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Harvard to work with Merck on leukemia therapy

Harvard University is teaming up with Merck & Co. to develop a treatment for leukemia and other cancers in what the school says could be the most important licensing and research deal struck by its technology transfer office.

Under an agreement disclosed on Monday, Merck will make a $20 million upfront payment to license technology developed in the Cambridge lab of Harvard scientist Matthew Shair. The work was backed by the four-year-old Blavatnik Biomedical Accelerator, which was established by the university’s Office of Technology Development to fund early-stage research at Harvard and outside laboratories.

The deal also calls for Harvard to be eligible for milestone payments from Merck if the drug candidate emerging from the research collaboration meets scientific and regulatory goals, and royalties from revenues if the drug is approved for sale.

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The parties didn’t disclose the ultimate value of the milestone payments and royalties, but Harvard’s chief technology development officer, Isaac T. Kohlberg, said the alliance has the potential to become the “most significant” to date for his technology transfer office.

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Harvard’s research focuses on acute myeloid leukemia, the most common form of acute leukemia.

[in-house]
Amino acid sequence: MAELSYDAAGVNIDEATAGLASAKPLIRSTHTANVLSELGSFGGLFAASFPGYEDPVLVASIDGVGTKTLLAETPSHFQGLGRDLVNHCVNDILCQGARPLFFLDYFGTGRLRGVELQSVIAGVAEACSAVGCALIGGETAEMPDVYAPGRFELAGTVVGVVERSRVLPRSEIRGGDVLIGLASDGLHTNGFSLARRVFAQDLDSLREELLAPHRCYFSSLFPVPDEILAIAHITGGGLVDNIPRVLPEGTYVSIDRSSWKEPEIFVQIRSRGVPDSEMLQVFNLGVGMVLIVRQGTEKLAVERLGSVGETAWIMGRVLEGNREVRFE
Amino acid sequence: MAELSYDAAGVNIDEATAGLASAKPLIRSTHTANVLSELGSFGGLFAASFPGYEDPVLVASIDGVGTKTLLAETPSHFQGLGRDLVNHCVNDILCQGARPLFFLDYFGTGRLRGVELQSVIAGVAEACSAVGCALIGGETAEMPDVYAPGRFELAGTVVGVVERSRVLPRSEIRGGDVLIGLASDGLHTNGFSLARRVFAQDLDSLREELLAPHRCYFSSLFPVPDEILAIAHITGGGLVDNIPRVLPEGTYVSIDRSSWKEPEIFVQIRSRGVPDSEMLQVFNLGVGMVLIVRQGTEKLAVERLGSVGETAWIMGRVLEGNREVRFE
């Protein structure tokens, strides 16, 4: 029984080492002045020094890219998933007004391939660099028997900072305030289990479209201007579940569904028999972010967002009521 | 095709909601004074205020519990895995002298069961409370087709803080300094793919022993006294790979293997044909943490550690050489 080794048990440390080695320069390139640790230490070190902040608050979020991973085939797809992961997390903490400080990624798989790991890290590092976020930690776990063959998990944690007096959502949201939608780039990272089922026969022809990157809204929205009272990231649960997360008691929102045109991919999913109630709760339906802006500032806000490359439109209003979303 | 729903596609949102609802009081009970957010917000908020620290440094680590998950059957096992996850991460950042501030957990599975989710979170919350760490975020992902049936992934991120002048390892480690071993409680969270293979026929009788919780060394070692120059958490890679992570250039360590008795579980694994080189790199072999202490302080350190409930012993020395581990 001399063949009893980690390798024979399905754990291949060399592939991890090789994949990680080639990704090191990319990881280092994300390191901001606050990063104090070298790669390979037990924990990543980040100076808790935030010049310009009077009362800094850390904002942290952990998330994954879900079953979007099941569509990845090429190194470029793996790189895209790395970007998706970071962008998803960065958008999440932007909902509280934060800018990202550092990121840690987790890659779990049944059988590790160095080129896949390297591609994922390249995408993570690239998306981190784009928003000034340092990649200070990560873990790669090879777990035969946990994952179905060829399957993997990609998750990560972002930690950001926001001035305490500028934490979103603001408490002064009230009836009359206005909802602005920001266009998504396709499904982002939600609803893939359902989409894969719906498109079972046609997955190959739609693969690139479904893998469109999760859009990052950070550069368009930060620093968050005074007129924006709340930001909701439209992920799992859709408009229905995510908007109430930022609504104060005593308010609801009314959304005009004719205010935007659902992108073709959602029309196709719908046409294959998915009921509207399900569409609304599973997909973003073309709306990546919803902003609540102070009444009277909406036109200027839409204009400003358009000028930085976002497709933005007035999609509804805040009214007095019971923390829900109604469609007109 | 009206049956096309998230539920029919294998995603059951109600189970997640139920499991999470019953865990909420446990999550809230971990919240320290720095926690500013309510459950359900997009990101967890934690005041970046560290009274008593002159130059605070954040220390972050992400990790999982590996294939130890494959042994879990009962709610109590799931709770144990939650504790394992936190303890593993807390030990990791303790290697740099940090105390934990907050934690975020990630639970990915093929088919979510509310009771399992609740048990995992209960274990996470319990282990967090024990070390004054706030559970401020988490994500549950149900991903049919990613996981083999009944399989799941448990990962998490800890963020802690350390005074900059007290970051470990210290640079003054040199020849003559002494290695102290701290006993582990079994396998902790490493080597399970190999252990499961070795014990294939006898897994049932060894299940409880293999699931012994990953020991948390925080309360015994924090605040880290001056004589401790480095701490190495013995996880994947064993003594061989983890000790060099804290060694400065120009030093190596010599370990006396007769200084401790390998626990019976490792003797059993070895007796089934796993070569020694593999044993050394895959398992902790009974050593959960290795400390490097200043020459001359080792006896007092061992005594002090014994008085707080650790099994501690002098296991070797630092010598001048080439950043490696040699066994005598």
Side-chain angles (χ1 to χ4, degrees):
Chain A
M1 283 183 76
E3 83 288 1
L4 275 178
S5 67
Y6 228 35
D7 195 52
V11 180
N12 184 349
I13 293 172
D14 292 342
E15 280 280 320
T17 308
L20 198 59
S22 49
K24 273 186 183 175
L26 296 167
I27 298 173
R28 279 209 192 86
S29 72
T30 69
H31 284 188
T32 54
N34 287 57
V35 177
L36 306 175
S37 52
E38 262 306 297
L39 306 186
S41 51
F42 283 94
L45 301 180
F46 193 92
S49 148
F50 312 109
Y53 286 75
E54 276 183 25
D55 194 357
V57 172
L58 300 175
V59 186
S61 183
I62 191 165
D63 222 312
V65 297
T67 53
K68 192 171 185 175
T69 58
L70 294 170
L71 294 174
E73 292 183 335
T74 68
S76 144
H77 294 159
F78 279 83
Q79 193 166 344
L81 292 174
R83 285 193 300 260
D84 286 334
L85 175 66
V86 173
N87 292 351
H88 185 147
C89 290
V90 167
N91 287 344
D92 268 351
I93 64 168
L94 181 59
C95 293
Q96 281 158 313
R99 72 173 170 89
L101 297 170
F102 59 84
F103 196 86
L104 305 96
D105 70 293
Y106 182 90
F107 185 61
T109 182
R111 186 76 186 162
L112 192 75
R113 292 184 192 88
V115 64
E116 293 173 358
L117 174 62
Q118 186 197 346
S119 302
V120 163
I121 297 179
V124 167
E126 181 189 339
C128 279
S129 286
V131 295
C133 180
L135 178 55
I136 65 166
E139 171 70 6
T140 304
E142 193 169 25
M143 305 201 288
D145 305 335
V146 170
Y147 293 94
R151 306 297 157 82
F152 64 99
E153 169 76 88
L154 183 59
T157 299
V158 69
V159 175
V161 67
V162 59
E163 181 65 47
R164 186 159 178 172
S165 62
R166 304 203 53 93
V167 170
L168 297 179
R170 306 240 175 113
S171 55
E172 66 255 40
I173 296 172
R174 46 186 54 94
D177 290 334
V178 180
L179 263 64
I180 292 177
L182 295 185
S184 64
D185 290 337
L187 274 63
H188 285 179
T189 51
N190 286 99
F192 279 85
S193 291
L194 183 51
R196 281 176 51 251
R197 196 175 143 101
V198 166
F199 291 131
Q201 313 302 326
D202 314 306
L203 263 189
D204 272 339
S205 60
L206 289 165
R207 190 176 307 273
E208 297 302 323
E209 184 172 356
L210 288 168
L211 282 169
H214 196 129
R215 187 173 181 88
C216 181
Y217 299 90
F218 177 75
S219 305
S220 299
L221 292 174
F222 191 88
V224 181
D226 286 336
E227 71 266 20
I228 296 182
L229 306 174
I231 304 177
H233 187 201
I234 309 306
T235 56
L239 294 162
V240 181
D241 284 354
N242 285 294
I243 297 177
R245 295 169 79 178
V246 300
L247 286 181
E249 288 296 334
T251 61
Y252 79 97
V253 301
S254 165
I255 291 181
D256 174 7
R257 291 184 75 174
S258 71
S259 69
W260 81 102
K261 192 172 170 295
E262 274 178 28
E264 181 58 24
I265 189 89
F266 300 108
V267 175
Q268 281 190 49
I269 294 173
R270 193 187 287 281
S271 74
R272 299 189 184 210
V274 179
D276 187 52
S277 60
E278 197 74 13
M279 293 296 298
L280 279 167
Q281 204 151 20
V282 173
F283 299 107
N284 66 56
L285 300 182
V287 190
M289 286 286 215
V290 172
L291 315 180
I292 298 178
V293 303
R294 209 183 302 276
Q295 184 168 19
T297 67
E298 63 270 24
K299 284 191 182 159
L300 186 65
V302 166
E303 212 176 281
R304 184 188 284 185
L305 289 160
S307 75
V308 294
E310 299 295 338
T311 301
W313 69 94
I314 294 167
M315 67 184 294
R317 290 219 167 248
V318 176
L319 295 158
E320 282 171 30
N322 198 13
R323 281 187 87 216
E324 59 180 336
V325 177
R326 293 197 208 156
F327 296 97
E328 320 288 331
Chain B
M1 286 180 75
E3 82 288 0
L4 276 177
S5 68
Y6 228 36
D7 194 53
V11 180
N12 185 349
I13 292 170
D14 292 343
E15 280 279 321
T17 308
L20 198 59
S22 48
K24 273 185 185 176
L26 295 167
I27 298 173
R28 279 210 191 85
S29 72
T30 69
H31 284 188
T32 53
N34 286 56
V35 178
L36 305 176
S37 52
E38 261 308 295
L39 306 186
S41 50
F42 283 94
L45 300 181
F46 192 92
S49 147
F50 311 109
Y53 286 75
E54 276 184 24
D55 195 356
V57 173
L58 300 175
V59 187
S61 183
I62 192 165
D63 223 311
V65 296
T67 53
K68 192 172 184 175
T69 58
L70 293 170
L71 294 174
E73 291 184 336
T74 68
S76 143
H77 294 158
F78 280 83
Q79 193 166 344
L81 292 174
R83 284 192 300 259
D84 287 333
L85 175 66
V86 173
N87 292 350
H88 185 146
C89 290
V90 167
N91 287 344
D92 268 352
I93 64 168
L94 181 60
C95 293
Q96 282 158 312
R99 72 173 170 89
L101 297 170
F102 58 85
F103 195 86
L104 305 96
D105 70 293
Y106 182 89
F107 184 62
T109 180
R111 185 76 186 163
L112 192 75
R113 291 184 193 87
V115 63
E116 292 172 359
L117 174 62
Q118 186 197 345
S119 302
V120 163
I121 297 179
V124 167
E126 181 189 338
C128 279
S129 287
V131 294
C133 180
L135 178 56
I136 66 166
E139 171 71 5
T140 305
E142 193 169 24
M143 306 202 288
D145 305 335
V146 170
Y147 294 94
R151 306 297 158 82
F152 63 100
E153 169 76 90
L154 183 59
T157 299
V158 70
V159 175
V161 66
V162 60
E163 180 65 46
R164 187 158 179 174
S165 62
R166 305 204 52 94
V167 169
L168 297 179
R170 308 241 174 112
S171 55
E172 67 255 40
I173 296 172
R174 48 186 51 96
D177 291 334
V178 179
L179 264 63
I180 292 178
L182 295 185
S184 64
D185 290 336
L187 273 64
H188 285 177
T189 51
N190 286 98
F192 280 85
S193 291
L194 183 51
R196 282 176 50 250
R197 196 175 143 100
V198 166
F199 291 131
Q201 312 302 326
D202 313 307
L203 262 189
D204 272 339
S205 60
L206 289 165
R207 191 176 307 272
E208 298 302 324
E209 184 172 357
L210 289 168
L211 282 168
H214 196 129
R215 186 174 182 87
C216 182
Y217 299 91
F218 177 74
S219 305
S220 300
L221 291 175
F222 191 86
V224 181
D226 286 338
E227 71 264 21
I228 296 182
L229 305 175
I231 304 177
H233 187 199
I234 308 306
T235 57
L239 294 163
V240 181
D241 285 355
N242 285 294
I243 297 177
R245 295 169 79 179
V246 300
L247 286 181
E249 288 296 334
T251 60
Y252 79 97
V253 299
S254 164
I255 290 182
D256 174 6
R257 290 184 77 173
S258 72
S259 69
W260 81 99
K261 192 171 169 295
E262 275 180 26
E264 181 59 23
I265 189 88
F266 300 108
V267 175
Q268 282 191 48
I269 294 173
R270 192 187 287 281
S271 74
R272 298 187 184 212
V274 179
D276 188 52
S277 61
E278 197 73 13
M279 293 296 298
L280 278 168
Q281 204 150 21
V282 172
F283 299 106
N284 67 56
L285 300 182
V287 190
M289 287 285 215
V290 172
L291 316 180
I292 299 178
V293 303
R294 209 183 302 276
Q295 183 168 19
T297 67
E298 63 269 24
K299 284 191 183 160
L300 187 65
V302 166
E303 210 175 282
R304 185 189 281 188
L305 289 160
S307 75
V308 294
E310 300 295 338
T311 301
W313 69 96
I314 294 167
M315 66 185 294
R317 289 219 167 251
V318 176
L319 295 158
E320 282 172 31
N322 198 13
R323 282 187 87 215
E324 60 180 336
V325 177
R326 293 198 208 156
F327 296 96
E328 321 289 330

“It’s a disease that has no cure,” Kohlberg said. “Fighting cancer is a major, major goal, and taking a project like this so far down the development path and reaching this agreement shows we are committed to bringing this drug forward to benefit patients.”

Scientists in Shair’s lab in Harvard’s Department of Chemistry and Chemical Biology, supported by biological studies done at contract research organizations, discovered a path toward blocking enzymes that can play a role in leukemia by altering the way genes are regulated.

The enzymes’ potential as cancer drug targets had not previously been recognized.

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The scientists also developed for clinical trials small-molecule drug candidates that can be taken orally.

Merck, based in Kenilworth, N.J., runs a research center in Boston’s Longwood Medical Area and a business development office in Cambridge. The company will be responsible for taking the program forward into clinical testing in partnership with Harvard.

“The reason that Merck wanted to work with us is that this [science] wasn’t on pharma’s radar,” said Curtis Keith, chief scientific officer at Blavatnik Biomedical Accelerator. “That’s what we bring to the table.”

In addition to licensing technology, the Blavatnik accelerator will be launching biopharma startups. Its first was Macrolide Pharmaceuticals Inc., a Newton company that is developing antibiotics.

The Harvard Office of Technology Development starts more than a dozen companies a year. Among the most prominent recent ones were Cambridge gene-editing pioneer Editas Medicine Inc. and Semma Therapeutics Inc., a Cambridge company that is developing stem-cell treatments for diabetes.

Robert Weisman can be reached at robert.weisman@globe.com. Follow him on Twitter @GlobeRobW.